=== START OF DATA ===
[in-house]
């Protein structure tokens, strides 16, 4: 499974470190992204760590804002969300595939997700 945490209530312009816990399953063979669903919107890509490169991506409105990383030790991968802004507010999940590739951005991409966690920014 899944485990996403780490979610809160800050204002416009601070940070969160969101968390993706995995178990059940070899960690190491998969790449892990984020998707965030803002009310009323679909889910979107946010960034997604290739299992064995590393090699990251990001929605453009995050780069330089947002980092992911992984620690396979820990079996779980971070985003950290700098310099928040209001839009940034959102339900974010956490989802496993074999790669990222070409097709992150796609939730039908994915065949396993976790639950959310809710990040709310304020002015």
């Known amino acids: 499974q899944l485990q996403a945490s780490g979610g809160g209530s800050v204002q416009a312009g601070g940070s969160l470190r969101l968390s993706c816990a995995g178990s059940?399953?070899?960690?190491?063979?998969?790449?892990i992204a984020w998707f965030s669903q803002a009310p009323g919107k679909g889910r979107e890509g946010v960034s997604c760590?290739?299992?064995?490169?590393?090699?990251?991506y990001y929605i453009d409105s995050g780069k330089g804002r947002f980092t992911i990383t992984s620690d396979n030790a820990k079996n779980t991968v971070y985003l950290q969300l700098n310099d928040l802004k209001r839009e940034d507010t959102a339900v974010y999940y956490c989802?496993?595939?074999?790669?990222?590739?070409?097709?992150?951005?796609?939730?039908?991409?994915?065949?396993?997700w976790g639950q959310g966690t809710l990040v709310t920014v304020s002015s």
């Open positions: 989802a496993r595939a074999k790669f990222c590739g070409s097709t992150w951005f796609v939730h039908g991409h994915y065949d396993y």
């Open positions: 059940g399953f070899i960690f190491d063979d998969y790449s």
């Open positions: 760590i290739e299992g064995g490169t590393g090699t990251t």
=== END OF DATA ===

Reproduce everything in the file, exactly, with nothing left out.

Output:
[in-house]
């Protein structure tokens, strides 16, 4: 499974470190992204760590804002969300595939997700 945490209530312009816990399953063979669903919107890509490169991506409105990383030790991968802004507010999940590739951005991409966690920014 899944485990996403780490979610809160800050204002416009601070940070969160969101968390993706995995178990059940070899960690190491998969790449892990984020998707965030803002009310009323679909889910979107946010960034997604290739299992064995590393090699990251990001929605453009995050780069330089947002980092992911992984620690396979820990079996779980971070985003950290700098310099928040209001839009940034959102339900974010956490989802496993074999790669990222070409097709992150796609939730039908994915065949396993976790639950959310809710990040709310304020002015």
């Known amino acids: 499974q899944l485990q996403a945490s780490g979610g809160g209530s800050v204002q416009a312009g601070g940070s969160l470190r969101l968390s993706c816990a995995g178990s059940?399953?070899?960690?190491?063979?998969?790449?892990i992204a984020w998707f965030s669903q803002a009310p009323g919107k679909g889910r979107e890509g946010v960034s997604c760590?290739?299992?064995?490169?590393?090699?990251?991506y990001y929605i453009d409105s995050g780069k330089g804002r947002f980092t992911i990383t992984s620690d396979n030790a820990k079996n779980t991968v971070y985003l950290q969300l700098n310099d928040l802004k209001r839009e940034d507010t959102a339900v974010y999940y956490c989802?496993?595939?074999?790669?990222?590739?070409?097709?992150?951005?796609?939730?039908?991409?994915?065949?396993?997700w976790g639950q959310g966690t809710l990040v709310t920014v304020s002015s």
């Open positions: 989802a496993r595939a074999k790669f990222c590739g070409s097709t992150w951005f796609v939730h039908g991409h994915y065949d396993y």
């Open positions: 059940g399953f070899i960690f190491d063979d998969y790449s």
């Open positions: 760590i290739e299992g064995g490169t590393g090699t990251t």